In the current issue of the London Review of Books there is a crit of a book about the French cinema magazine Cahiers du Cinéma. It begins thus:
In an essay on Avatar in the March issue of the French film journal Cahiers du cinéma, Slavoj Zizek wrote that, despite its superficial espousal of revolutionary action (by blue-skinned aliens rising up against earthling exploitation), the film was in fact entirely reactionary. In an interview in the following issue of Cahiers, Zizek cheerfully admitted that he had written his piece without actually seeing Avatar. Empiricist Anglophone critics were horrified, no doubt, but Zizek’s article persuasively made its point nonetheless.
I was a tad taken aback. The writer of the crit, one Jonathan Romney, rather deftly seems to be saying that expecting important and busy critics to actually see the film they’re criticising is not only unreasonable but downright parochial. Well, in the spirit of those activist groups in the ‘70s I am going to reclaim the negative vernacular and say loud and proud that I am an empiricist Anglophone critic and proud of it.
To make it worse, the critic in question not only is commenting on a film he has not seen, he is challenging the whole basis of it. He cares not if the makers say that it is about such and such, he has not seen it and so knows that it is not. And critics wonder why they are disliked in some circles.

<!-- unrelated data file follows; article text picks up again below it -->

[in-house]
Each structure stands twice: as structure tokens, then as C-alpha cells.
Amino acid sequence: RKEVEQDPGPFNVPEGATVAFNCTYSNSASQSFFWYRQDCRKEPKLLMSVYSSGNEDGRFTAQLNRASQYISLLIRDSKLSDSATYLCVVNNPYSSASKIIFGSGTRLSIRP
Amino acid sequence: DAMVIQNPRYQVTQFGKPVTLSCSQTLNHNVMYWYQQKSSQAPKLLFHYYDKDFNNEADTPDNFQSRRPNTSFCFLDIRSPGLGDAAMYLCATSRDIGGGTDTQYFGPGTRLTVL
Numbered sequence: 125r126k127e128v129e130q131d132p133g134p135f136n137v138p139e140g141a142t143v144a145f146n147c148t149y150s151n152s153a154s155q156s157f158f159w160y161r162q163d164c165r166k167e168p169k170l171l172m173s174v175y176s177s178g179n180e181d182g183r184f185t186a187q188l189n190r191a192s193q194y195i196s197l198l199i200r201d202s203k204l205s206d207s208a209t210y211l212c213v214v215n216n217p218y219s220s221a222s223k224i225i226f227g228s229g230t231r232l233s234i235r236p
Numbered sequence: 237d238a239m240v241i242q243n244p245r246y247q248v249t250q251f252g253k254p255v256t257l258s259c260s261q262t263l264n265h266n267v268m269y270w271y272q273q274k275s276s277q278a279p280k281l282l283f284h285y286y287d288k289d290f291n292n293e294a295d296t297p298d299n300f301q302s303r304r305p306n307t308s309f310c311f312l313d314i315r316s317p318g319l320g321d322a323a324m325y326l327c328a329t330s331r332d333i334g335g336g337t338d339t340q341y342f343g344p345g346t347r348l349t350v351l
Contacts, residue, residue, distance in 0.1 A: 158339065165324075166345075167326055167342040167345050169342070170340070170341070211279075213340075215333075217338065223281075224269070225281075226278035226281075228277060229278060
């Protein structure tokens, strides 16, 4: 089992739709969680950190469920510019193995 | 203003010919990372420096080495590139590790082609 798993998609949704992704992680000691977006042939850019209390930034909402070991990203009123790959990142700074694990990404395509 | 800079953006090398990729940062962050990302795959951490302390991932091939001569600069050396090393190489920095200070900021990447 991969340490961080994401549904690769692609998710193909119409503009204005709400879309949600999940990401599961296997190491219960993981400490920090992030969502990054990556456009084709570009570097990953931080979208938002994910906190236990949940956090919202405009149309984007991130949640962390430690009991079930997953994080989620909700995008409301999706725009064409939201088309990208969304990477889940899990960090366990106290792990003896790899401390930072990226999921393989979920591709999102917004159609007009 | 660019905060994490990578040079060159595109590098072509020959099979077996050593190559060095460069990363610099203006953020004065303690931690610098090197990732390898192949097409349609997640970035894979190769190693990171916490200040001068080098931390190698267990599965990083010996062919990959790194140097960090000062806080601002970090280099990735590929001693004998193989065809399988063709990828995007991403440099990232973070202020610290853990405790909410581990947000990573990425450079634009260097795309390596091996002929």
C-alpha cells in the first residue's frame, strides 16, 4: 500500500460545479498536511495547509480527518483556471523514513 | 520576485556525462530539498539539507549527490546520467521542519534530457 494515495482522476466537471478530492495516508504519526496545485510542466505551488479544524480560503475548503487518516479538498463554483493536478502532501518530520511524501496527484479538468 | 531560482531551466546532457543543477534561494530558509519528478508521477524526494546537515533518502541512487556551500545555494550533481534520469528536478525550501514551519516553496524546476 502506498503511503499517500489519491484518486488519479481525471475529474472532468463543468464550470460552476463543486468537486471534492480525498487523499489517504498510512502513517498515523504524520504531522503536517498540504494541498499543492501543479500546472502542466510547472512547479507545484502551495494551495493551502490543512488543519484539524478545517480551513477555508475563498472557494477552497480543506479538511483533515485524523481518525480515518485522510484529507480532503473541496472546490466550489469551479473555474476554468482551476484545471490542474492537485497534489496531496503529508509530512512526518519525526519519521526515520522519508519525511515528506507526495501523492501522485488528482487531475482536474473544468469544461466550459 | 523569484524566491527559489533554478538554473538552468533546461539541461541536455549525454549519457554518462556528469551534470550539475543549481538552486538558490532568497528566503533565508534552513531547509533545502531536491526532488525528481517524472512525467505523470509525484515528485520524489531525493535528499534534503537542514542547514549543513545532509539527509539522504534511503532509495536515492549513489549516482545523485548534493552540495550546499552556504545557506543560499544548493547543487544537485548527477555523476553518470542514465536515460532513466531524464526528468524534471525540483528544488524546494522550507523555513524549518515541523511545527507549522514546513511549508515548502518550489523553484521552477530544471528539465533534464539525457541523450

For the record I have not seen Avatar, nor do I intend to as I disliked the director’s previous film, Titanic, so much. This means that my contribution to any critical discussion on it is limited to why I won’t see it and that seems fair enough. But then I’m an empiricist Anglophone and that’s what we’re like. Get used to it.
This thinking is not, I’m sorry to say, restricted to psychic critics like young master Zizek. It’s very common in the Anglophone literarti as well. In my bookselling days, many were the times that I was informed in a lordly manner that the Harry Potter books were terribly written or that The Da Vinci Code was awful by people who had read none of them. Any attempts at discussion would be waved away with a dismissive laugh. The accuracy of their opinions was, of course, unimportant. The point here was to ensure that everyone knew that they had impeccable taste and so had no need to read such vulgar and, let us be honest, plebeian books and would no more dream of doing so than they would dream of holidaying in
As it happens, I have read the Harry Potter books and The Da Vinci Code and, in my empiricist Anglophonic way, I believe the former to be flatly written, rather than badly written, and the later volumes scream out for heavy editing, while the latter is like a late-night kebab after a night clubbing in a number of surprising ways.